It really shoots its bolt in those first few minutes; nothing else is quite as cool as those early scenes. Marks are lost, too, by Byrne's character saying “knots per hour”, which made me want to hunt down and kill whomever dumbed that line down. But if you're bored and fancy some slick, pointless, gore-loaded horror with the obligatory scary little English girl (as last seen on the equally crap but entertaining Resident Evil), it's ninety minutes of tense, energetic fun.

7-2-2003 (archived)

This week's second film review is “About Schmidt”, Jack Nicholson's Oscar-candidate acting class.

This is a wonderful film, deliriously, darkly funny, bittersweet and sad. Nicholson's Schmidt is a man cut adrift by retirement, out of patience with the wife on whom he depends so totally, understanding little about the world he lives in. The one thing he seems sure of is that his daughter is marrying out of her class and into disaster with Dermot Mulroney's toe-curling waterbed salesman.

Our insight into Schmidt's tragically skewed world-view, his hopes and fears, come through his earnest, honest letters to the 6-year-old African child he has decided to sponsor. The device lets Nicholson speak to the viewer without artificiality, and reveals just how little empathy and imagination he has (he is clearly incapable of realising how utterly incomprehensible his middle-class American life is to Ndugu).

When his wife dies he finds himself, rootless and confused, driving across the country in his ludicrous, never-used 35-foot motor home to his daughter's imminent wedding. When he meets his future inlaws, they are worse even than he'd imagined - tasteless, vulgar bohemian trash, anathema to Schmidt's buttoned-up conformist.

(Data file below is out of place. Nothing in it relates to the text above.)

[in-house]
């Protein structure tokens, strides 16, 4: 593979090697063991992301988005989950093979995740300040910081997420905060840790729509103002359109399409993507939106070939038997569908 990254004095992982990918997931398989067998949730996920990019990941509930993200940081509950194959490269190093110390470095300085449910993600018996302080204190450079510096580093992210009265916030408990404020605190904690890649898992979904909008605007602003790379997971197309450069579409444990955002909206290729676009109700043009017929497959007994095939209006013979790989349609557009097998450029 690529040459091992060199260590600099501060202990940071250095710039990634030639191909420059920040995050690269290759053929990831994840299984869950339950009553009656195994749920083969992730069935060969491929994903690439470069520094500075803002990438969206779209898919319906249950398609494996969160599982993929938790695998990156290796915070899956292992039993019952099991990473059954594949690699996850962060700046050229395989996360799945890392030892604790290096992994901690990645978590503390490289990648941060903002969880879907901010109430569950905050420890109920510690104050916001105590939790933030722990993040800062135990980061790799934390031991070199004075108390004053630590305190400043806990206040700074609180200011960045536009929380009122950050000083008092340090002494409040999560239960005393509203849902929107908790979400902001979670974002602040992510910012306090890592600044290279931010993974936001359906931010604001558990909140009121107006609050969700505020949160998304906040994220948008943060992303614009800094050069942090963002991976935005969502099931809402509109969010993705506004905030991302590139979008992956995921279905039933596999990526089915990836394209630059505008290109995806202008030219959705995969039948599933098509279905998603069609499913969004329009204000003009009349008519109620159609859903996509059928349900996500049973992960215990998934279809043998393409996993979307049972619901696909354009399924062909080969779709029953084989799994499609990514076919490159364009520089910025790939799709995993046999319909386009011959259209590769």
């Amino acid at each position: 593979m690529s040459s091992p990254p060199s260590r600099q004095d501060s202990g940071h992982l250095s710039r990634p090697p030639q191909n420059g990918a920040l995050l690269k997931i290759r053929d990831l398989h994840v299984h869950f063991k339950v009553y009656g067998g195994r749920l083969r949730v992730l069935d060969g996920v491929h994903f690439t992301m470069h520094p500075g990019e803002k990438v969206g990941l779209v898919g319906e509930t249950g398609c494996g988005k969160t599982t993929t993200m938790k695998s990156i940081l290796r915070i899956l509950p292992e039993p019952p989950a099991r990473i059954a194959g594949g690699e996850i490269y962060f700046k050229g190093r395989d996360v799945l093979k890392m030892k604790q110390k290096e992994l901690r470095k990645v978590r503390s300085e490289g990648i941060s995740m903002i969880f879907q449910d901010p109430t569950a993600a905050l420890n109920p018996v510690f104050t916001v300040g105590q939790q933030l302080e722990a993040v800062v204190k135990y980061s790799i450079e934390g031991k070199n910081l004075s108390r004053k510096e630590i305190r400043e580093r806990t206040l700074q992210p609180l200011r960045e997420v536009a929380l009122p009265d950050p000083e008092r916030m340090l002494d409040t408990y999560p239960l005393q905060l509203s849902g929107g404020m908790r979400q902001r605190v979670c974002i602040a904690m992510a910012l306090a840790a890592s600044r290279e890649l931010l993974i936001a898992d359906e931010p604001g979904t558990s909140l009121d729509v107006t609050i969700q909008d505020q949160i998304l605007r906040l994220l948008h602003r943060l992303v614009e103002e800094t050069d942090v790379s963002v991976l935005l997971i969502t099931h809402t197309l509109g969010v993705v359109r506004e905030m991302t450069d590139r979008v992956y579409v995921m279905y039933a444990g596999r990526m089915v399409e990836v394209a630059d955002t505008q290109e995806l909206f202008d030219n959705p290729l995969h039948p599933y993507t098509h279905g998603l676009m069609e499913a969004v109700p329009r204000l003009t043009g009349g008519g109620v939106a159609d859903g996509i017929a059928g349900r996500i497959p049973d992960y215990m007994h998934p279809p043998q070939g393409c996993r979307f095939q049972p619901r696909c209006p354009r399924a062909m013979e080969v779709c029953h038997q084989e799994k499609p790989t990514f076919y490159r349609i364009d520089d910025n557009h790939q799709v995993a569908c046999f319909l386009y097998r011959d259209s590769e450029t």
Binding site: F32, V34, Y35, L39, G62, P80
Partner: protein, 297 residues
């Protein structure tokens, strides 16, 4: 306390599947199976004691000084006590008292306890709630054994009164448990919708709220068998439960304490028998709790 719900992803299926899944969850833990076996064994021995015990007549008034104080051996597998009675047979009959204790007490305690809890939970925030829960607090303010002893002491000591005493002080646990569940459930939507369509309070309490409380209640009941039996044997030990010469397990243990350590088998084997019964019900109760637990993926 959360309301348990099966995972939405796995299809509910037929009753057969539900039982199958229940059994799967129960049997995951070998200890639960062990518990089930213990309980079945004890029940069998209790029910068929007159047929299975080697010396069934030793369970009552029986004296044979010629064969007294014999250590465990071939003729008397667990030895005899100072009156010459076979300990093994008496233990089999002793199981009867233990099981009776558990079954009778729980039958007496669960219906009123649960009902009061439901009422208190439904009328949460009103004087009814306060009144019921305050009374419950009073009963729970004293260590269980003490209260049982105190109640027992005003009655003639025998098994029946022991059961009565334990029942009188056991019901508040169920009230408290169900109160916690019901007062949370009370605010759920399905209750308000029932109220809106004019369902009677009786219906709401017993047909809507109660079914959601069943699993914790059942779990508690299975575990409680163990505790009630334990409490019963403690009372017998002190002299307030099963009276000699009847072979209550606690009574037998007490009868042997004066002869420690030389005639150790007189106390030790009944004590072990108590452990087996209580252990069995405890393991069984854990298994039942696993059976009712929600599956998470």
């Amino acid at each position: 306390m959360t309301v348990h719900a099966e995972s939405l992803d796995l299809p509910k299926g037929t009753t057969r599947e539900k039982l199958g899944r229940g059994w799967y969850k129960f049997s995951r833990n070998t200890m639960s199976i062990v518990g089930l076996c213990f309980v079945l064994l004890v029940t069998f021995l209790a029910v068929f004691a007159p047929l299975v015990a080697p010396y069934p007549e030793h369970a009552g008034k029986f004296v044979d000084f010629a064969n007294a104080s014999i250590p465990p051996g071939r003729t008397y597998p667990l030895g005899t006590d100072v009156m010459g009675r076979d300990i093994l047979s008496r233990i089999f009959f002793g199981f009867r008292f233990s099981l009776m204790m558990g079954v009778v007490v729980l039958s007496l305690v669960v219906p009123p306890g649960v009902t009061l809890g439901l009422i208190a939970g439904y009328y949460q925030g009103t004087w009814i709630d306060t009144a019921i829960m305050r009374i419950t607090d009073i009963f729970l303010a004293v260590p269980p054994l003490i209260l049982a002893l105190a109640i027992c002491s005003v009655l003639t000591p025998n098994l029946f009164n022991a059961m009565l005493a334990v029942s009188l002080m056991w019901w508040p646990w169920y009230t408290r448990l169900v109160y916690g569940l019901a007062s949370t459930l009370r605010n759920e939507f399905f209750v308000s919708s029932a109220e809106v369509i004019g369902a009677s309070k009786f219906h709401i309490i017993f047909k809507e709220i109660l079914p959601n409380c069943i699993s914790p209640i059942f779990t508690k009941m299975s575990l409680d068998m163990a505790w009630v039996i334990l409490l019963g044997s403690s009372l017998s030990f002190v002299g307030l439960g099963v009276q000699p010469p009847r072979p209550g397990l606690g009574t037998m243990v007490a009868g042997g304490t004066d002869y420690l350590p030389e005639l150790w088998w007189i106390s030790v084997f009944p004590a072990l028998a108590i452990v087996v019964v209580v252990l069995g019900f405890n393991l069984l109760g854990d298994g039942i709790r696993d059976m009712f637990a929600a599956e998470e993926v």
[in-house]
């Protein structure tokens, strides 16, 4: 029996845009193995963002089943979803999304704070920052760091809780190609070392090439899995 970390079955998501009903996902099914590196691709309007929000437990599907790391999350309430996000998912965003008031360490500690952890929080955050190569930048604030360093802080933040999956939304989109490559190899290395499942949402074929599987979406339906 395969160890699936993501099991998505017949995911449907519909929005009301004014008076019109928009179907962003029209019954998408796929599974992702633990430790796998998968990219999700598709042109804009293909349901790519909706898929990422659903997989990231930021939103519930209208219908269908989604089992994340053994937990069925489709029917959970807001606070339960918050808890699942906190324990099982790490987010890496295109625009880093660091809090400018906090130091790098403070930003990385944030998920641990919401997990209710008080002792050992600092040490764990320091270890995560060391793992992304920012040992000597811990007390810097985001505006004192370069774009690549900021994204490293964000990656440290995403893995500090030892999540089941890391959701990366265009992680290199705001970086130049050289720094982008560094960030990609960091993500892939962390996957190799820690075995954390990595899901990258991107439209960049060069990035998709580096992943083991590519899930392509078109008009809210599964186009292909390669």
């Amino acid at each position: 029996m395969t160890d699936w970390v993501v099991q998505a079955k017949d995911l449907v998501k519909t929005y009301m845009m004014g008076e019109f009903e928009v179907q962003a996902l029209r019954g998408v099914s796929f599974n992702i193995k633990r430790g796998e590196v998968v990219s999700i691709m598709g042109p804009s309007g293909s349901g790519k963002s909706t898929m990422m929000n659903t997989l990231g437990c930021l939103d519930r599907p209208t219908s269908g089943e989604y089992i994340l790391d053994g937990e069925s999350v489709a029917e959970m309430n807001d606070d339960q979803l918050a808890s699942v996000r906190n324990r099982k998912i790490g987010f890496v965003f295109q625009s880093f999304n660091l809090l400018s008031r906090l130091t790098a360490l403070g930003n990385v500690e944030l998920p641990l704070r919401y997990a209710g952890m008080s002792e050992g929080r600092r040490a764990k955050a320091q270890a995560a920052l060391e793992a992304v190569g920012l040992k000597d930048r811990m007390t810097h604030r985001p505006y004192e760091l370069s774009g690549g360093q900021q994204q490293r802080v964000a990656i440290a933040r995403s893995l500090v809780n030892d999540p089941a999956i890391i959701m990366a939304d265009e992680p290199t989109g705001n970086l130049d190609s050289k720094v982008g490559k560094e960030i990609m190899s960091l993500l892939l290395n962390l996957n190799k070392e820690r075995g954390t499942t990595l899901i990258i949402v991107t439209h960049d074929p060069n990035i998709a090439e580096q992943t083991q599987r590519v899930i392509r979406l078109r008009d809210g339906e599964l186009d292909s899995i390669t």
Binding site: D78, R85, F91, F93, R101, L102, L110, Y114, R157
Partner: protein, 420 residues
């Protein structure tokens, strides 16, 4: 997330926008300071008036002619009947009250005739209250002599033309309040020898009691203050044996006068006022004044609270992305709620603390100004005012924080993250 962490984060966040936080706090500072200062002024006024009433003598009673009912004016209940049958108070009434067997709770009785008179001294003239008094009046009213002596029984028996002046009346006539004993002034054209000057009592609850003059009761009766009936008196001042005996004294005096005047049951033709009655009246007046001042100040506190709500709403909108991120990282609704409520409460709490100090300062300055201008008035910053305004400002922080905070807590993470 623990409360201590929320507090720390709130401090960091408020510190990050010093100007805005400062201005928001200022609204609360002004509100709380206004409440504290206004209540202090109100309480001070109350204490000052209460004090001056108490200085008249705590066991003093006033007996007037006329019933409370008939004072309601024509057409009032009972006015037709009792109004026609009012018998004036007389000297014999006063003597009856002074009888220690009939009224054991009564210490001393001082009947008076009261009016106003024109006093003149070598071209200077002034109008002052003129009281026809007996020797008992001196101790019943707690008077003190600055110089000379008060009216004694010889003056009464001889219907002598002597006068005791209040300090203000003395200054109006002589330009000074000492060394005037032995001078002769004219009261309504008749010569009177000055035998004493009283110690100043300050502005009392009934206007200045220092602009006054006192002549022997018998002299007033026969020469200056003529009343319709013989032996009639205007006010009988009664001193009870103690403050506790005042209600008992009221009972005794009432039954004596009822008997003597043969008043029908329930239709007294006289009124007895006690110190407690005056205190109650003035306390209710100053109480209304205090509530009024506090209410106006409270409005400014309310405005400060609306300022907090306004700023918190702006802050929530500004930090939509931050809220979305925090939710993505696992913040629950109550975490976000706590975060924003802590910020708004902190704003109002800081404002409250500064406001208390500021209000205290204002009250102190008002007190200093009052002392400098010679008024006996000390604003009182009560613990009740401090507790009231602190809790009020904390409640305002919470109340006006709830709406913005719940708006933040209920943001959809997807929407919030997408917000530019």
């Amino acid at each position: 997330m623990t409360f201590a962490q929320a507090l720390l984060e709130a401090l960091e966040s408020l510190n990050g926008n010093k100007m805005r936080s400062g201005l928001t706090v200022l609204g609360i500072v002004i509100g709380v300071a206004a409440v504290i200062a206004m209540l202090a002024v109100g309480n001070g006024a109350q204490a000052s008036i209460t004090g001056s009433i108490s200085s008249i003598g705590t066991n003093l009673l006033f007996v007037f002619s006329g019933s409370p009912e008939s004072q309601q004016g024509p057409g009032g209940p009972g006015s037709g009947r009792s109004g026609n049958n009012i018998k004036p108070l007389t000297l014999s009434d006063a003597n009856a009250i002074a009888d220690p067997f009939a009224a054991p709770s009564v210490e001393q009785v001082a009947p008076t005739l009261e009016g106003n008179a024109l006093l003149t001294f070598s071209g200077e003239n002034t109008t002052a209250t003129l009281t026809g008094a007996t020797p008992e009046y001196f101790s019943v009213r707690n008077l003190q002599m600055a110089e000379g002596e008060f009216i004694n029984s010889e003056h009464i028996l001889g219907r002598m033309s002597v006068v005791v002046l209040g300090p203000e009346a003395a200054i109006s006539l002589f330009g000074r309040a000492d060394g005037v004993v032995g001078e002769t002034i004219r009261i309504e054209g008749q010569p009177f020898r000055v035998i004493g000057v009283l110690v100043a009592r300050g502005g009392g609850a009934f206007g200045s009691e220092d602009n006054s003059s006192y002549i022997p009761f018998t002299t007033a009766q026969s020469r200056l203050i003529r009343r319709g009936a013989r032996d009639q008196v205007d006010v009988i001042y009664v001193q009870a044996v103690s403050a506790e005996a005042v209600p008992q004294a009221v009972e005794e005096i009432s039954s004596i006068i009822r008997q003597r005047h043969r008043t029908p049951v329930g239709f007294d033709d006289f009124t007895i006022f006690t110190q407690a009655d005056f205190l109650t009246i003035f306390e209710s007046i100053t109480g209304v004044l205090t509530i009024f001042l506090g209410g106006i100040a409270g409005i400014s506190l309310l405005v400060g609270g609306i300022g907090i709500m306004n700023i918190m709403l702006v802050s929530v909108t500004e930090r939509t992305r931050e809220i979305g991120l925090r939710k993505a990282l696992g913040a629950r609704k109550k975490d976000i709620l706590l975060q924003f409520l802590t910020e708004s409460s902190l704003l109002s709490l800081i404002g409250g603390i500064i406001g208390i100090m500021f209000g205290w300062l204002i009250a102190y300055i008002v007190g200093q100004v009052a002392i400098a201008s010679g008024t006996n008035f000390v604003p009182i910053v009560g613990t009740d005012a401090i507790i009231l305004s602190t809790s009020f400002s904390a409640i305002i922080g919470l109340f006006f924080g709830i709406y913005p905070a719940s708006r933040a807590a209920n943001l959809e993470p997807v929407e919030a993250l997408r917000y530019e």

Schmidt evokes both sympathy and exasperation in equal measure, and almost every character in the film evokes fits of horrified laughter from the audience at one time or another; this is a film watched with your hands to your face in delicious, cringing disbelief. At one point I almost bit through my own thumb.

The thought of a road movie about a cranky retired widower played by Jack Nicholson is a worrying one, but he turns in a superb, vulnerable, uncharacteristic performance with none of his usual trademarks. There is a sympathy underlying the distaste we are led to feel for all the participants in Schmidt's little journey, and an genuine humanity to the whole. And it's desperately funny. See it.

8-2-2003 (archived)

This week's third and last film review is “8 Mile”, in which Eminem demonstrates that he can actually act (a bit).

Our hero in this semi-autobiographical story is the white-trash Jimmy “Rabbit”, played with a charismatic blankness by Eminem. His friends tell him he's a great rapper, but he dries up at a rap battle early in the film. Unsurprisingly, the climax comes at the next week's battle, where he gets his triumphant, lyrical revenge.